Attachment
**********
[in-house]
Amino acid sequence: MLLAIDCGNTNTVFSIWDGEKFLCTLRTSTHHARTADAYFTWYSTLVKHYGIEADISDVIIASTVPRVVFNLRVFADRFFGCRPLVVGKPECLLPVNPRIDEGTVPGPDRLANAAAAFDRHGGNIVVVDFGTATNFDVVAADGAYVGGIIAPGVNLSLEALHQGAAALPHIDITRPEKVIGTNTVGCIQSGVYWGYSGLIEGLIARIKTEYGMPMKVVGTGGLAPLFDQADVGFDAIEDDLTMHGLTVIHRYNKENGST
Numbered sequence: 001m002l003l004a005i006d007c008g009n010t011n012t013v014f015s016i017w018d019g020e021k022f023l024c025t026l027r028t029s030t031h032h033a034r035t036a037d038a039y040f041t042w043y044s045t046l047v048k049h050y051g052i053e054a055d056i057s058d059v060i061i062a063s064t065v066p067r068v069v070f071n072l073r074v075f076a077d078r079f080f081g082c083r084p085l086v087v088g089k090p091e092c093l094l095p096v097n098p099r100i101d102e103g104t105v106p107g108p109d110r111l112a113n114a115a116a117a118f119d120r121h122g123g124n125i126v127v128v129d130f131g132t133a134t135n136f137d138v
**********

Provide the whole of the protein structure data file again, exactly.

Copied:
[in-house]
Amino acid sequence: MLLAIDCGNTNTVFSIWDGEKFLCTLRTSTHHARTADAYFTWYSTLVKHYGIEADISDVIIASTVPRVVFNLRVFADRFFGCRPLVVGKPECLLPVNPRIDEGTVPGPDRLANAAAAFDRHGGNIVVVDFGTATNFDVVAADGAYVGGIIAPGVNLSLEALHQGAAALPHIDITRPEKVIGTNTVGCIQSGVYWGYSGLIEGLIARIKTEYGMPMKVVGTGGLAPLFDQADVGFDAIEDDLTMHGLTVIHRYNKENGST
Numbered sequence: 001m002l003l004a005i006d007c008g009n010t011n012t013v014f015s016i017w018d019g020e021k022f023l024c025t026l027r028t029s030t031h032h033a034r035t036a037d038a039y040f041t042w043y044s045t046l047v048k049h050y051g052i053e054a055d056i057s058d059v060i061i062a063s064t065v066p067r068v069v070f071n072l073r074v075f076a077d078r079f080f081g082c083r084p085l086v087v088g089k090p091e092c093l094l095p096v097n098p099r100i101d102e103g104t105v106p107g108p109d110r111l112a113n114a115a116a117a118f119d120r121h122g123g124n125i126v127v128v129d130f131g132t133a134t135n136f137d138v